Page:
“It was … a really cool way to combine a lot of very disparate interests that I had,” he says. The experience combined “the whole renewable energy aspect, with social equity and social entrepreneurship, with things that are specifically geared toward low- to moderate-income Americans.”
Supporting fellow students with S3
In the fall of his sophomore year, García Franceschini was dealing with depression. He decided to go on leave for the rest of the academic year.
“I look back at it with a little bit of sadness,” he says. “It was the first time that I showed my parents around my school, and it was to pick me up.”
When he came back to MIT, he joined the Returning Students Group, a community organized by Student Support Services, consisting of students coming back from leave. He says Student Support Services, or S3, played a crucial role in helping him transition back into student life.
“Going on leave was a really important part of my MIT experience. It was also not a very pleasant one,” he says, about the difficulty of making the decision to leave campus and the process of moving back home. “They really helped me through that process. … Even now I really can’t thank them [S3] enough for, for everything that they did for me.”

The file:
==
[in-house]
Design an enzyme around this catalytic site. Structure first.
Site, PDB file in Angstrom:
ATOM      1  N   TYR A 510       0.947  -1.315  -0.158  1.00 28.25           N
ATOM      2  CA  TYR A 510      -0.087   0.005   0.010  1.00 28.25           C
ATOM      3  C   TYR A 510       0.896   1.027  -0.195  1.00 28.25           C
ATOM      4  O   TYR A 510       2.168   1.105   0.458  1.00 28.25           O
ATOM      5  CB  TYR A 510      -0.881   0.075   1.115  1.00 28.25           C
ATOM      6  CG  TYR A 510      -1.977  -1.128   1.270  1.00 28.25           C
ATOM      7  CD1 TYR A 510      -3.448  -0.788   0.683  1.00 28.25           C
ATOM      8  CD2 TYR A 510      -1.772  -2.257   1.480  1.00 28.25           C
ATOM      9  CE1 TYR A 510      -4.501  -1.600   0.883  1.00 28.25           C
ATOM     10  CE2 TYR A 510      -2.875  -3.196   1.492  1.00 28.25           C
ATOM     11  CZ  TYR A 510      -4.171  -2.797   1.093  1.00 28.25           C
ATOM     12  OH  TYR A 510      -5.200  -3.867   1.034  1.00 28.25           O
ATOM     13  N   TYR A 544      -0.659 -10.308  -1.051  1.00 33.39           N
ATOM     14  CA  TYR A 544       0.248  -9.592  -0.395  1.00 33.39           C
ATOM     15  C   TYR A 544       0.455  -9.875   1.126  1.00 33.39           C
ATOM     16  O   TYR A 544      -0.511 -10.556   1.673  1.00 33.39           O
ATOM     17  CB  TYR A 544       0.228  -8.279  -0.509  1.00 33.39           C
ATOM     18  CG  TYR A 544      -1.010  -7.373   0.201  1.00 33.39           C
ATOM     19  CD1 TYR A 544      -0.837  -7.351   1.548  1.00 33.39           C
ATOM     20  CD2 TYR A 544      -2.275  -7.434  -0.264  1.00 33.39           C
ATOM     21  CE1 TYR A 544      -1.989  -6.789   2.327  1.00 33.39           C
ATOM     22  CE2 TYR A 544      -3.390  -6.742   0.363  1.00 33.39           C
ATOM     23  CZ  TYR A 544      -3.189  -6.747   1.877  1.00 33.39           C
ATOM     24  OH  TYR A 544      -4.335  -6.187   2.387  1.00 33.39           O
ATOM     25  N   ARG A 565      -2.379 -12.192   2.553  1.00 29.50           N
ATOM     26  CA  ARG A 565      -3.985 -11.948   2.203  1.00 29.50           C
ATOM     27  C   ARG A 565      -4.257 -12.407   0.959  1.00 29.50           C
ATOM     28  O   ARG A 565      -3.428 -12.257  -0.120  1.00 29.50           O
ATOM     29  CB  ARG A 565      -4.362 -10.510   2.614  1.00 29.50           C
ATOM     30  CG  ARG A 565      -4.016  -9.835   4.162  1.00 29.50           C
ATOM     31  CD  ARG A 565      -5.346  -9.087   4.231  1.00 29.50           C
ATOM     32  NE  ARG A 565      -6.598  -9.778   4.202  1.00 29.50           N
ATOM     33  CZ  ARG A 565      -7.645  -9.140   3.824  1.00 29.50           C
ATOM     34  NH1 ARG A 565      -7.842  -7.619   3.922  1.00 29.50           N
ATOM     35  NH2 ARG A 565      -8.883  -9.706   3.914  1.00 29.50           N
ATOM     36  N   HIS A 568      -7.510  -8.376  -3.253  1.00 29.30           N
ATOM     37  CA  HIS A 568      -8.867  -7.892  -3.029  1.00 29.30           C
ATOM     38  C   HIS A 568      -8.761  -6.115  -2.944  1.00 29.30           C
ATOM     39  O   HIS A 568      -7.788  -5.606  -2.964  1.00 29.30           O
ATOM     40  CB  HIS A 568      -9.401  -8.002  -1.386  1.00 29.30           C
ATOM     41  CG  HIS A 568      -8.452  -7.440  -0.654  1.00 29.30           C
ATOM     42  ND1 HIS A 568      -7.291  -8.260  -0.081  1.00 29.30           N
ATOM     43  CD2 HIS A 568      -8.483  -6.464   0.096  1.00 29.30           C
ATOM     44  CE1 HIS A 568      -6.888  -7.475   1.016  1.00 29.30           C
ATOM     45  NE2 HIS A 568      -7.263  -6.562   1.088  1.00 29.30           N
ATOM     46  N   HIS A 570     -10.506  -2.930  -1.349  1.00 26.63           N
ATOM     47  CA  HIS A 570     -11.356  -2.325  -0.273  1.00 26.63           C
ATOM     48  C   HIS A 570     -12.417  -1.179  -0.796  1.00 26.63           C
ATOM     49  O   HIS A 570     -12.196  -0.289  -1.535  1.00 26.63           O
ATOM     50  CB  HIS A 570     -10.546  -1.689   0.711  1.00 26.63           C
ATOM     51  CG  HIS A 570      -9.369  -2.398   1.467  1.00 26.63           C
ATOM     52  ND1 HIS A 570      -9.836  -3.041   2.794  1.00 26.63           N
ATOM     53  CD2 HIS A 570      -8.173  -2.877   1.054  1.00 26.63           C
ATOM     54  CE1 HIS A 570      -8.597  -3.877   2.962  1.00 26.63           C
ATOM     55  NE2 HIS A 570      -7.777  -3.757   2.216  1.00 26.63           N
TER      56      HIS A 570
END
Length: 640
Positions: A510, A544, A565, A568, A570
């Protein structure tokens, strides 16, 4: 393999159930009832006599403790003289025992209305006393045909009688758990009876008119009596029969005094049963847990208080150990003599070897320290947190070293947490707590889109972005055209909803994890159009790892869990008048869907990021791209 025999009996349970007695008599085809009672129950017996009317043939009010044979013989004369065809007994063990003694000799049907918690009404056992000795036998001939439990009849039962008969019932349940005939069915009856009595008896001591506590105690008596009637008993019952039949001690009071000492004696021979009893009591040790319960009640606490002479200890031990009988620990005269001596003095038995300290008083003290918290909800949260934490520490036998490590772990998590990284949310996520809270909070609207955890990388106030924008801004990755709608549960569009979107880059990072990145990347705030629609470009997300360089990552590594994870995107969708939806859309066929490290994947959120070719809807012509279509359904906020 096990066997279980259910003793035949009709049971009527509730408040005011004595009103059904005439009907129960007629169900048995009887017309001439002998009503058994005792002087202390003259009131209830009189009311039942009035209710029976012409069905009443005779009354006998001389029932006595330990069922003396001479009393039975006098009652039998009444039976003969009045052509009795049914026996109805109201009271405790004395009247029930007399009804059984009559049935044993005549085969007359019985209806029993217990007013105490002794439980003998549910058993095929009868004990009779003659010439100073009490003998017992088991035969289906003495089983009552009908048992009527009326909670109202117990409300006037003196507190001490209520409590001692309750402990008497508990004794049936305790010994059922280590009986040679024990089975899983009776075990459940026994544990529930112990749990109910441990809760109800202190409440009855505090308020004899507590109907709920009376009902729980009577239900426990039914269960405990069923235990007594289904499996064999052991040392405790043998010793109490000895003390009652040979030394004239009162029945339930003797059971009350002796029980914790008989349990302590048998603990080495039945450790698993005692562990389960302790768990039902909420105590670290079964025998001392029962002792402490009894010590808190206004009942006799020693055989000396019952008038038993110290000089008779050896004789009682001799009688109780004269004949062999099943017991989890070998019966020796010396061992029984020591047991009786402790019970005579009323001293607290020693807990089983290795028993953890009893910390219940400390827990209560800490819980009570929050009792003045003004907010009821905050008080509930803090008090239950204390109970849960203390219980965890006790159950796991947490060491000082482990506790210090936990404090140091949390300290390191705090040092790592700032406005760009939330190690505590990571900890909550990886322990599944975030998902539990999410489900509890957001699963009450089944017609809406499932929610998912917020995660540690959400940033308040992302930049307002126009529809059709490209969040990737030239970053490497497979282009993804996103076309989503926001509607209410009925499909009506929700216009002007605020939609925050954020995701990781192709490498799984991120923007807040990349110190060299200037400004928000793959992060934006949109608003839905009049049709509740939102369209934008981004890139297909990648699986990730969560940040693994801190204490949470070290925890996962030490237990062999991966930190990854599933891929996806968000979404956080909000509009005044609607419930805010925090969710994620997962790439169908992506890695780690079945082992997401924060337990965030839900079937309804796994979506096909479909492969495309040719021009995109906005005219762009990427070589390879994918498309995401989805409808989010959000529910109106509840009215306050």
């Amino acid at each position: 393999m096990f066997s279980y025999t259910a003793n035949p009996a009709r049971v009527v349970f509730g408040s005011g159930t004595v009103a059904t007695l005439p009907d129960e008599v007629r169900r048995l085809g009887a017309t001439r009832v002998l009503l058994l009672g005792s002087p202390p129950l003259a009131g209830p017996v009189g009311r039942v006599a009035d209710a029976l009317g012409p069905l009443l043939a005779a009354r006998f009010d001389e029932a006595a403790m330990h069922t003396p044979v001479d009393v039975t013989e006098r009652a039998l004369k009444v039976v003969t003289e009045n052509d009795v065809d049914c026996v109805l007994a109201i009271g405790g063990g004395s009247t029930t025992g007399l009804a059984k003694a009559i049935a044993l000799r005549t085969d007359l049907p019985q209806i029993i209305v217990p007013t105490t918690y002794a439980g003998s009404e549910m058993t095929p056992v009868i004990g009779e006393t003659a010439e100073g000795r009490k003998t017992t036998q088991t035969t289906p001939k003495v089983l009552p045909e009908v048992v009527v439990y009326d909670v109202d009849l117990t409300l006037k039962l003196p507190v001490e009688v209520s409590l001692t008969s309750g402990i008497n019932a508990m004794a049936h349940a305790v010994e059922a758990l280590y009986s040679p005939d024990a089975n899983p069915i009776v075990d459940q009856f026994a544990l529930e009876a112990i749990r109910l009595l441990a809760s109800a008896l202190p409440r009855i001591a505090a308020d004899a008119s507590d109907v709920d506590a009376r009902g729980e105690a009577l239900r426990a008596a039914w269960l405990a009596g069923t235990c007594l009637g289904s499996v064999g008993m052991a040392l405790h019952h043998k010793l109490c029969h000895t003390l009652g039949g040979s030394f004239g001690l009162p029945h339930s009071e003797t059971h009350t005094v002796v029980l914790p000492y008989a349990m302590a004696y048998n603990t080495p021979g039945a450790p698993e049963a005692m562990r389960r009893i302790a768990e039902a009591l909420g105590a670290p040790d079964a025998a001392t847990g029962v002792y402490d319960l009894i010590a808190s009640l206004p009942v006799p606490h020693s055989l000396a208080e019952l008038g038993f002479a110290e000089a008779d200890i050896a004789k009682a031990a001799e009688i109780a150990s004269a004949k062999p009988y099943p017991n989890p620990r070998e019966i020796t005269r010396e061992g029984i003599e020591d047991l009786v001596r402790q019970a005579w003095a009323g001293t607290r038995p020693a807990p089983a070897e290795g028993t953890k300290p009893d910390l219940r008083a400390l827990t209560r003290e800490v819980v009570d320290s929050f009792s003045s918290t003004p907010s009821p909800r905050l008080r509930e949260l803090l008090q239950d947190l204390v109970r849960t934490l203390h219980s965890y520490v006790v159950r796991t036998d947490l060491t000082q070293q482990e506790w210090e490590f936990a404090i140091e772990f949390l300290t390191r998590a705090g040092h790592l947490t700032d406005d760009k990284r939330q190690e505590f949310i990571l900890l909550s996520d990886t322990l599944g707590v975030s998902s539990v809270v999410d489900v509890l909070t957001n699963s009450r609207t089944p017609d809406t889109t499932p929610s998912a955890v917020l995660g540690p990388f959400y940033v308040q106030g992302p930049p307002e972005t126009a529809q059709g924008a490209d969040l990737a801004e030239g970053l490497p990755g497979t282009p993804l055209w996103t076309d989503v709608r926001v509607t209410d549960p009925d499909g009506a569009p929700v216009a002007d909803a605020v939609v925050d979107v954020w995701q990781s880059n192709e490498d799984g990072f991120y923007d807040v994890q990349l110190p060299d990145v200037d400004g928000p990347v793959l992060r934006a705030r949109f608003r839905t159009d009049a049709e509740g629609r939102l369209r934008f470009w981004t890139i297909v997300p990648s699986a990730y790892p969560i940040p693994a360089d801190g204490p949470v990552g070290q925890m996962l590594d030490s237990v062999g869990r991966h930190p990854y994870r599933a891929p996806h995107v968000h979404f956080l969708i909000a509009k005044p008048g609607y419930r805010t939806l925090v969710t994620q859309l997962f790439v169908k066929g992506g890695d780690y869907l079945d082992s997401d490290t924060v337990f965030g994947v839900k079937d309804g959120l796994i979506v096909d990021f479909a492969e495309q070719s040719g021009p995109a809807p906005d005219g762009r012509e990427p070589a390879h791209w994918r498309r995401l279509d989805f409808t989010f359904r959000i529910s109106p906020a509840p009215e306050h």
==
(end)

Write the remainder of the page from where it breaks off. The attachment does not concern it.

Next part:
García Franceschini is now a leave/return mentor, meaning he advises students who are considering going on leave. This program evolved out of a 2015-2016 review of the withdrawal and readmission practices and ensures there is an extended network of support for students thinking about taking leave, on leave, or planning a return to MIT. S3 also holds a lunch for students coming back from leave every semester, and he has served as a panelist every semester since his own return.
“I notice that every time I serve on this panel, it gets harder and harder for me to recall the exact experiences I went through,” he says. “And I think that shows that, although the transition is definitely difficult, after a while you’re no different than students that haven’t left.”
On the CASE
García Franceschini had come into MIT hoping to study physics, and later declared chemistry as his major. While on leave after his first year, teaching computer science back home at Puerto Rico, he had a change of heart.
“I realized that, for me the actual human impact that I have is equally, if not more, important than the technical rigor of the work that I’m doing,” he says.